In electoral politics, the easiest promises to make are always the hardest to keep. As the New Brunswick government recesses for the short, hot summer, it leaves with the uneasy certainty of that adage festering in the pit of its stomach.
No campaign vow is more facile – or more common – than the one that guarantees robust employment, despite evidence that strongly militates against its success. Still, every candidate for public office, regardless of his or her party affiliation, trots out the tired old trope, “job creation is our no. 1 job,” or words to that effect, as if his or her magic wand is loaded with something more substantial than good intentions.
Why elected representatives routinely beg to assume direct responsibility for an economic process that is quite eminently and obviously resides outside their wheelhouse is a question only the gods of political ambition can properly answer. The results, however, are as predictable as rain in the springtime.
As Statistics Canada reported last week, New Brunswick somehow lost 5,300 full-time jobs in May, just as nation, overall, picked up 59,000 positions.
“Certainly after a disastrous first quarter, the outlook suddenly seems a lot brighter,” a Financial Post article observed. “For that, we can thank an unexpected surge in hiring in May – the biggest gain in seven months, in fact, and more than six times larger than anyone had expected. And the majority of those new jobs were created in a previously unlikely location – Ontario, which had seen its prominence diminish in recent years as the manufacturing-focused economy turned to energy-heavy provinces for growth.”
All of which suggests that economists at the TD Bank were onto something earlier this month when they noted in letter to institutional clients, “The notion of ‘short’ or sell Canada became a growing theme in international circles, as falling oil prices added to concerns about an overheated housing market and high household indebtedness,” Derek Burleton and Leslie Preston wrote. “A few months later, however, it seems the bears have not been proven right. Data so far in 2015 show that investor flows into Canada have remained resilient and sentiment on the Canadian dollar has picked up.”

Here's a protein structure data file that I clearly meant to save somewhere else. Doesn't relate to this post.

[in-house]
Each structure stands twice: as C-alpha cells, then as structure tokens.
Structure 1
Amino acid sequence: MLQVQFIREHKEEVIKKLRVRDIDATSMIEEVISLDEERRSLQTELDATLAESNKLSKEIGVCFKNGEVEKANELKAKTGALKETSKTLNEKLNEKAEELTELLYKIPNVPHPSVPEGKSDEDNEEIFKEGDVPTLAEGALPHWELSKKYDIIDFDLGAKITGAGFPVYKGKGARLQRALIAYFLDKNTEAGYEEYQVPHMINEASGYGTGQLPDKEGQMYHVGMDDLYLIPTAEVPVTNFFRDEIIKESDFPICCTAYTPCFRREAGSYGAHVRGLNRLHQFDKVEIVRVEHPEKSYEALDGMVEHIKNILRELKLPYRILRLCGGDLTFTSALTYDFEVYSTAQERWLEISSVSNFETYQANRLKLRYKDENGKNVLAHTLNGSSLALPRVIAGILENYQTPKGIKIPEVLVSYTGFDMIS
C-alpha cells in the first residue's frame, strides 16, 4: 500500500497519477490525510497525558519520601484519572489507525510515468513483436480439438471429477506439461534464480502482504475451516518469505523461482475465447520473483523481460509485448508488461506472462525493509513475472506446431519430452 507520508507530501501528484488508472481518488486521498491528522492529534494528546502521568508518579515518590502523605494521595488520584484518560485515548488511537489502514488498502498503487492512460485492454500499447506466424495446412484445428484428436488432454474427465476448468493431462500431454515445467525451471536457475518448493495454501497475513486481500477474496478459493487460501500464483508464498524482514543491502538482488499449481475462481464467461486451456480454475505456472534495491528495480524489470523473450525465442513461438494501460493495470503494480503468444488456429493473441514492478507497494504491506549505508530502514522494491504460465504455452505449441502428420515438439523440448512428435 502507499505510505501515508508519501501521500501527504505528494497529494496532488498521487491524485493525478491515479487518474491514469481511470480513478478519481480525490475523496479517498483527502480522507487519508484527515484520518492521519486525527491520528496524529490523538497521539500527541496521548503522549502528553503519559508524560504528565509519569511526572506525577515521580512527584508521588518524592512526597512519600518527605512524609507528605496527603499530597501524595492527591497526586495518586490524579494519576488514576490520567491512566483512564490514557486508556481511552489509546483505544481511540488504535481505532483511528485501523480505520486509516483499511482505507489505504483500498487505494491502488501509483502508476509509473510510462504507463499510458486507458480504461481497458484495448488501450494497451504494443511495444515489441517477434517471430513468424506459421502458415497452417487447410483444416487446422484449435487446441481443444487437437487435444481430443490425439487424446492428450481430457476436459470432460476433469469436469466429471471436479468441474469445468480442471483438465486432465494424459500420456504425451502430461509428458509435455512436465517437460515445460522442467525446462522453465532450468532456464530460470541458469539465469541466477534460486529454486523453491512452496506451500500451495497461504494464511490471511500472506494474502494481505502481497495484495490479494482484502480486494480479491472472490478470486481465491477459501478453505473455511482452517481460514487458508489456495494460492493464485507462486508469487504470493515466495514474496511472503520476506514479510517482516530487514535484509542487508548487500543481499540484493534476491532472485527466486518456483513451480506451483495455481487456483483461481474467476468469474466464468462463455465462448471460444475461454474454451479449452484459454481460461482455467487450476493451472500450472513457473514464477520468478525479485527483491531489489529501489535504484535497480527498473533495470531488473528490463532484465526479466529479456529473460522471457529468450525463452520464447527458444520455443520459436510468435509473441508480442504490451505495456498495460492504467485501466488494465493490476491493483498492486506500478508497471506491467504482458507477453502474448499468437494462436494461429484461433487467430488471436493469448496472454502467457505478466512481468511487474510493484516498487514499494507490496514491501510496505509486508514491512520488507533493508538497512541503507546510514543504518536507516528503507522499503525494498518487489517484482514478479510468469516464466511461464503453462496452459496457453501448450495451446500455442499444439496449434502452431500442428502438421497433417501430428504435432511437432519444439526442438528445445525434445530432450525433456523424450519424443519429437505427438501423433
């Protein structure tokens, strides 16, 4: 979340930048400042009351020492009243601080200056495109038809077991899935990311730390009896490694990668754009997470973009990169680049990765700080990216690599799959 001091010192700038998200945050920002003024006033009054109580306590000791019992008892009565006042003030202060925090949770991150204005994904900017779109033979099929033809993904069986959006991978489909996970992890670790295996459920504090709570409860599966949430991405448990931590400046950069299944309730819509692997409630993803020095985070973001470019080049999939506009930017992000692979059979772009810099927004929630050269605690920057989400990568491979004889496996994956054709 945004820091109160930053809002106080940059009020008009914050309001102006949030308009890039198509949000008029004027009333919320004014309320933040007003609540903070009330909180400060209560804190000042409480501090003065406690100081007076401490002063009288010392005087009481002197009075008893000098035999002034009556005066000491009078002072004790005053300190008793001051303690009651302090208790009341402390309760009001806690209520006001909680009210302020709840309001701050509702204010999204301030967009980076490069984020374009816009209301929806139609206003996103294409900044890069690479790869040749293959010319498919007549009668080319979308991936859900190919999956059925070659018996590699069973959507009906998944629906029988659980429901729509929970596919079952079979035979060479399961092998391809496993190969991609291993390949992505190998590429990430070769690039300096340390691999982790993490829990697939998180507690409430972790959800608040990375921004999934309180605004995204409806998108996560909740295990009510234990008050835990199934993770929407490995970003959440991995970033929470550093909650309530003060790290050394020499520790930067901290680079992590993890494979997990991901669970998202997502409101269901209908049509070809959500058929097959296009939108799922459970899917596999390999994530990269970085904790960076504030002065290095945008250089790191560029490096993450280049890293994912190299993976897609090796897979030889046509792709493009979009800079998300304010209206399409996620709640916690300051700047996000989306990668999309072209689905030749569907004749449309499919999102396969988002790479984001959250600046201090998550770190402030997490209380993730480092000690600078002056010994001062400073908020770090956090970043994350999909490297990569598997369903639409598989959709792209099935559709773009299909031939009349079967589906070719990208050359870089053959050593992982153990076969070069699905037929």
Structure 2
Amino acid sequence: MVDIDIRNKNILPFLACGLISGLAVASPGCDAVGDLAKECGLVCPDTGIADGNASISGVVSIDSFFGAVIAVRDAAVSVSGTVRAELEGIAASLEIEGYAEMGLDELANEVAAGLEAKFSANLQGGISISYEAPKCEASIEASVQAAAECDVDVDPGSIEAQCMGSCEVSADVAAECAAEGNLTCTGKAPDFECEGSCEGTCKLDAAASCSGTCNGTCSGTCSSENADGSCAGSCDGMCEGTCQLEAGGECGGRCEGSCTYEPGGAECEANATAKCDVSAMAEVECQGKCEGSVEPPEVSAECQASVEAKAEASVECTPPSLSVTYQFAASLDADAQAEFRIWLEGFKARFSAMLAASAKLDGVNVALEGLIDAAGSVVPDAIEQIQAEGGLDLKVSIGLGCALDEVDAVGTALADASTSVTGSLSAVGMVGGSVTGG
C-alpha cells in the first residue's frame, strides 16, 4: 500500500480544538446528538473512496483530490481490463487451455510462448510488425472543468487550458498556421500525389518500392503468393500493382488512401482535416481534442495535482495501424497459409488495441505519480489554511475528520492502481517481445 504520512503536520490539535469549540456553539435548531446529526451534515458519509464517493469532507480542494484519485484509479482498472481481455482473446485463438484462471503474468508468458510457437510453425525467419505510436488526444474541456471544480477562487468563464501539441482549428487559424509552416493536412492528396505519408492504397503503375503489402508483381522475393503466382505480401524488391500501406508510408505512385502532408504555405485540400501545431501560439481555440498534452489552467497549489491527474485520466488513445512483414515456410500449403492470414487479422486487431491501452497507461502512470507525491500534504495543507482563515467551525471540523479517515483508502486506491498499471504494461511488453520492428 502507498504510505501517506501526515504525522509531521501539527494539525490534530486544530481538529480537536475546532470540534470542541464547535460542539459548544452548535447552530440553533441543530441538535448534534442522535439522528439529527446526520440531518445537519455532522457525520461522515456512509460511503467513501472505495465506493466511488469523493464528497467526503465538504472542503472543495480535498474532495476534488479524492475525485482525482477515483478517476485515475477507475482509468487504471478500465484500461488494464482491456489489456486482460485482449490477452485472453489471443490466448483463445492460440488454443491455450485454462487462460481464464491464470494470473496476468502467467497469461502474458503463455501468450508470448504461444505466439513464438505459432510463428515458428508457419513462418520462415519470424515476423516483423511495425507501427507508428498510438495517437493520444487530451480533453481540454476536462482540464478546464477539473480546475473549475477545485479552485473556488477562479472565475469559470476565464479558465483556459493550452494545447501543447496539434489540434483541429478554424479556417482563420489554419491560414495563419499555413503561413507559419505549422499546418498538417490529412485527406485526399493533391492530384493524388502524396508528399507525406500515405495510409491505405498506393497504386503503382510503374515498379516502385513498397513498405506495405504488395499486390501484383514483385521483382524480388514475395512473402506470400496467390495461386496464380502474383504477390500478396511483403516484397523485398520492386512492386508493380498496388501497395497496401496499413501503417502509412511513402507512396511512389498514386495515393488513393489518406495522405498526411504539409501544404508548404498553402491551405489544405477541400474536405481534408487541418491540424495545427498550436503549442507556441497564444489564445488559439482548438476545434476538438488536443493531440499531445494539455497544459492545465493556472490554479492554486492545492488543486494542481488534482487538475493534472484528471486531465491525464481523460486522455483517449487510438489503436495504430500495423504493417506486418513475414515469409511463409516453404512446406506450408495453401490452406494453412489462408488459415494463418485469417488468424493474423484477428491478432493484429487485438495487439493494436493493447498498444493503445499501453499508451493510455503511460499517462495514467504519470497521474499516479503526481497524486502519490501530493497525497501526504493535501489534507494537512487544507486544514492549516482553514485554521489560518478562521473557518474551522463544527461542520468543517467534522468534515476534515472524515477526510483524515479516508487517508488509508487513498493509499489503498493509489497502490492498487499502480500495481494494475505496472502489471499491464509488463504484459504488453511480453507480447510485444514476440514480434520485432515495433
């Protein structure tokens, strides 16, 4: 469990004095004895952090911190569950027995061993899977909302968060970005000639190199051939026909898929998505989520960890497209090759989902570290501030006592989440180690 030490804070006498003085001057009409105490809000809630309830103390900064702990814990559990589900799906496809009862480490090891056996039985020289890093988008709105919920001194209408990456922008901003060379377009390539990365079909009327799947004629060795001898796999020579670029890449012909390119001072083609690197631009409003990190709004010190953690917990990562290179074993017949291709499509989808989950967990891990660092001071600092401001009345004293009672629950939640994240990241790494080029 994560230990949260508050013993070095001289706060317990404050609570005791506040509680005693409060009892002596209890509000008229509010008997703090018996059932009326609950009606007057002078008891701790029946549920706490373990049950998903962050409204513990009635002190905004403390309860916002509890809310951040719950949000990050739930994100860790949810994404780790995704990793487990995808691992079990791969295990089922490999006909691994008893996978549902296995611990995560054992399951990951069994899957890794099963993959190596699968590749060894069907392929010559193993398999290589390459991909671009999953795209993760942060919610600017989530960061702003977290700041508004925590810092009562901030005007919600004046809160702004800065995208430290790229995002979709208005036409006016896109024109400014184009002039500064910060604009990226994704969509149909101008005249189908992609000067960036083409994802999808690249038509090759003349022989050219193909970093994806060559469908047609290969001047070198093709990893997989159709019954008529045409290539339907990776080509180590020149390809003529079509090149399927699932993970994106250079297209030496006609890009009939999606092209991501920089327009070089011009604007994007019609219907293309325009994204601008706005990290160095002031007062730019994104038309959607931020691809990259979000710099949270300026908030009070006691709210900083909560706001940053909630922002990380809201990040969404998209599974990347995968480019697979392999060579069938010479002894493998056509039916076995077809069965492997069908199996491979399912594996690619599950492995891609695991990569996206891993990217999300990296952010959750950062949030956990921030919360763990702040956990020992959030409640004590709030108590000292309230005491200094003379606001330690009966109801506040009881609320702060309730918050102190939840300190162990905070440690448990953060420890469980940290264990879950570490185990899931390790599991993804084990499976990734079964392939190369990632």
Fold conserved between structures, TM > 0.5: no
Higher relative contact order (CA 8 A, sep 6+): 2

But as the country, on the whole, grows buoyant, the same cannot be said for New Brunswick, where the total number of employed in the unmerry month of May fell by 2,800 and 4,600 fewer people were combing the classifieds or pounding the pavement for even a glimmer of a job.
That performance was “bested” (if that is the correct word) only by Alberta, which lost 6,400 jobs. Newfoundland and Labrador shed 4,300 positions; Quebec lost 2,100; and Saskatchewan simply treaded water.
Never, however, underestimate a government leader’s sunny determination to put the best light on even the darkest circumstances.
Faced with the inevitable questions about his jobs record, New Brunswick Premier Brian Gallant insisted, “We’ve said from Day 1 that there will be ups and downs,” he told the Saint John Telegraph-Journal. “I think that’s (the province’s static job creation record in recent years) pretty positive when you look at what is happening nationally. Alberta, which is one of our economic drivers in the country, lost thousands over the last month. We have many companies and businesses here in New Brunswick that provide to the supply chain in Alberta, so obviously they are going to have some impact.”
Of course, if this provincial government insists on falling into the commonplace trap of issuing promises regarding job creation, it would do well to consider all the factors that are actually within its power to influence.
Shale gas, anyone?